April 6th is National 406 Day. It is easy to remember, as the date (04/06) corresponds to the 406 MHz frequency used by these devices to transmit digital signals to satellites. These beacons are considered by many in the maritime trades to be the best life insurance available. And in some cases, they are legally required by vessel owners. To read more about safety gear, please see our page regarding life rafts, EPIRBs and survival suits. National 406 Day is also a reminder to anyone with a beacon that federal law requires registration to be current.
What exactly is an EPIRB? It is an Emergency Position Indicating Radio Beacon that works by transmitting a signal via satellite that can then be relayed to a rescue coordination center. The device can be automatically activated (for example if the device is under more than 3 meters of water) or manually activated to transmit a distress signal.
Here is a list of 8 tips NOAA recommends when handling your EPIRB:
- All 406 MHz EPIRBs must be registered with NOAA. Registration is free and can be done on at www.beaconregistration.noaa.gov. You may also mail your registration to NOAA.
- Beacon registration must be updated at least every two years or sooner if vital emergency contact information changes. This information is only made available to authorized search and rescue personnel when and if it is needed.
- Beacon owners should not allow inexperienced workers to handle EPIRBs to avoid damage and false alerts. Any crewmember who will be handling an EPIRB should be properly trained and be familiar with the manufacturers’ documentation.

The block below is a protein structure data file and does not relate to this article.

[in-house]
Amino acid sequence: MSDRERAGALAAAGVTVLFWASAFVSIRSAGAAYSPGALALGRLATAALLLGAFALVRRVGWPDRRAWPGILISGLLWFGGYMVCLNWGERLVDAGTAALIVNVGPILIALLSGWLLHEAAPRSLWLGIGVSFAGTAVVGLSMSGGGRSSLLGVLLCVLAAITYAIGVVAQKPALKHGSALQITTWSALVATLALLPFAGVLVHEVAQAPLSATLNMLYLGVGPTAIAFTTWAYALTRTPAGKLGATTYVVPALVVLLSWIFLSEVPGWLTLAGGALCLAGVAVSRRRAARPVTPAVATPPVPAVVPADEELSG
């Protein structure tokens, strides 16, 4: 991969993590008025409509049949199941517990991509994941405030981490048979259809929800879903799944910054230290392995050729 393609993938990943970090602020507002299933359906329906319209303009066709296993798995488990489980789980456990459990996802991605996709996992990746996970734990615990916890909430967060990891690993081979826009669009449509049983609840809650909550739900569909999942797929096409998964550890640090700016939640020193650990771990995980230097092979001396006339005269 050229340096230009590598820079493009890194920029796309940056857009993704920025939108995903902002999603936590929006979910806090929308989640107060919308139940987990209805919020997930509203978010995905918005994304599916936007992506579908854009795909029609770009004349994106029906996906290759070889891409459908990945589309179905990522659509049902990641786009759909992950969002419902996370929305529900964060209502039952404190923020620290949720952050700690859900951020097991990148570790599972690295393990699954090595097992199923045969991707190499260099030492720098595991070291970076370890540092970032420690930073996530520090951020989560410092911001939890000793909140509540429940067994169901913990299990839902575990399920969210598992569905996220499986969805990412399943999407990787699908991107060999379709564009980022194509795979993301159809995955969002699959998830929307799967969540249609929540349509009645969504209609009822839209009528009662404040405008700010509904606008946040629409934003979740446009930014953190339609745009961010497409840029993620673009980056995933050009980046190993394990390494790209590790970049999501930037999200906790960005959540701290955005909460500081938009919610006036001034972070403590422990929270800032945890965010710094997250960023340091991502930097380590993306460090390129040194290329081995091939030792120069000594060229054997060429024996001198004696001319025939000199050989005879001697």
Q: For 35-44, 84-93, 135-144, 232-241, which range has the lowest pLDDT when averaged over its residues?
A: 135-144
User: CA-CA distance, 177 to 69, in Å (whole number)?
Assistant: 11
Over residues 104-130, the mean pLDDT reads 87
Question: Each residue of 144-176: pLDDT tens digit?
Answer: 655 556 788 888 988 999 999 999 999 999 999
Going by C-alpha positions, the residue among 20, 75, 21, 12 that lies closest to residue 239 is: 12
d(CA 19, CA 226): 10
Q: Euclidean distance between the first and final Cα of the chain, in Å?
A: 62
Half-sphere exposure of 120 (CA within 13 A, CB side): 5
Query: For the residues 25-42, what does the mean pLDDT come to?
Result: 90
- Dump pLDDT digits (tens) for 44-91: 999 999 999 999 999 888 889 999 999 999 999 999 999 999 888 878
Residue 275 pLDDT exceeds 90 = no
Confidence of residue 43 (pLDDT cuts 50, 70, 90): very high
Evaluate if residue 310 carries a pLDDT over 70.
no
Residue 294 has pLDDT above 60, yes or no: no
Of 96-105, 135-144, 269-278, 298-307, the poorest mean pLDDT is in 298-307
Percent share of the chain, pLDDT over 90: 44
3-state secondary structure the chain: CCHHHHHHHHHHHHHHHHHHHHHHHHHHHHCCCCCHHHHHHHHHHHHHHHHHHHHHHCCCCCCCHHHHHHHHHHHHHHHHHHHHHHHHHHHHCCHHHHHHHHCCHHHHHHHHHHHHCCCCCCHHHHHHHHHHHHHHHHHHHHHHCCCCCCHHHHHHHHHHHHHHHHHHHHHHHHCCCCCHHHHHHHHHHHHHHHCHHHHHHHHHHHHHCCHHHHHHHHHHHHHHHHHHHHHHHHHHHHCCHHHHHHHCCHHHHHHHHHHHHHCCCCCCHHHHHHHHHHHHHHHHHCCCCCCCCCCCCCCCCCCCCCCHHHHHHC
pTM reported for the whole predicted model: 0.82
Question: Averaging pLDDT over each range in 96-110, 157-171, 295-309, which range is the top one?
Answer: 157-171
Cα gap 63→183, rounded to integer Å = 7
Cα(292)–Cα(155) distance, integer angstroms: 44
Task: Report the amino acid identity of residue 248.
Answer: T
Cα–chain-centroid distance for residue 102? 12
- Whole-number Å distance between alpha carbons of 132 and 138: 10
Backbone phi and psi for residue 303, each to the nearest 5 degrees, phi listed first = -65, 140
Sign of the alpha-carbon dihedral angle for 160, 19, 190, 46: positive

- Testing an EPIRB should be done according to the manufacturer’s instructions to make sure the device is functioning properly and to avoid a false alert.
- Mounting brackets or housing units should be examined frequently for damage. If a device has any corrosion, cracks, or water damage, the unit should be replaced immediately.
- When disposing of a beacon, make sure the battery is disconnected or removed to prevent a false alert. The unit should also be unregistered via www.beaconregistration.noaa.gov.
- If you transfer an EPIRB to another party, make certain that the new owner understands the importance of re-registering the device with their own contact information. You are responsible to remove your information from the database.
- If your EPIRB is accidentally activated, NOAA asks that you call the U.S. Air Force Rescue Coordination Center at 1-800-851-3051. If you cannot make contact, use any means necessary to inform authorities that a false alert has been transmitted and should be canceled.
The International Cospas-Sarsat Program (Search and Rescue Satellite Aided Tracking) became operational in the 1980’s. The program was originally initiated by Canada, the United States, France, and the former Soviet Union in 1979. Over 44 nations are involved in tracking and detection, and information can be forwarded to over 200 countries and territories nationwide. Satellite distress beacons have saved over 22,000 people worldwide since the first distress call was answered in 1982. If you haven’t registered your EPIRB, please do so today. Your life might depend on it.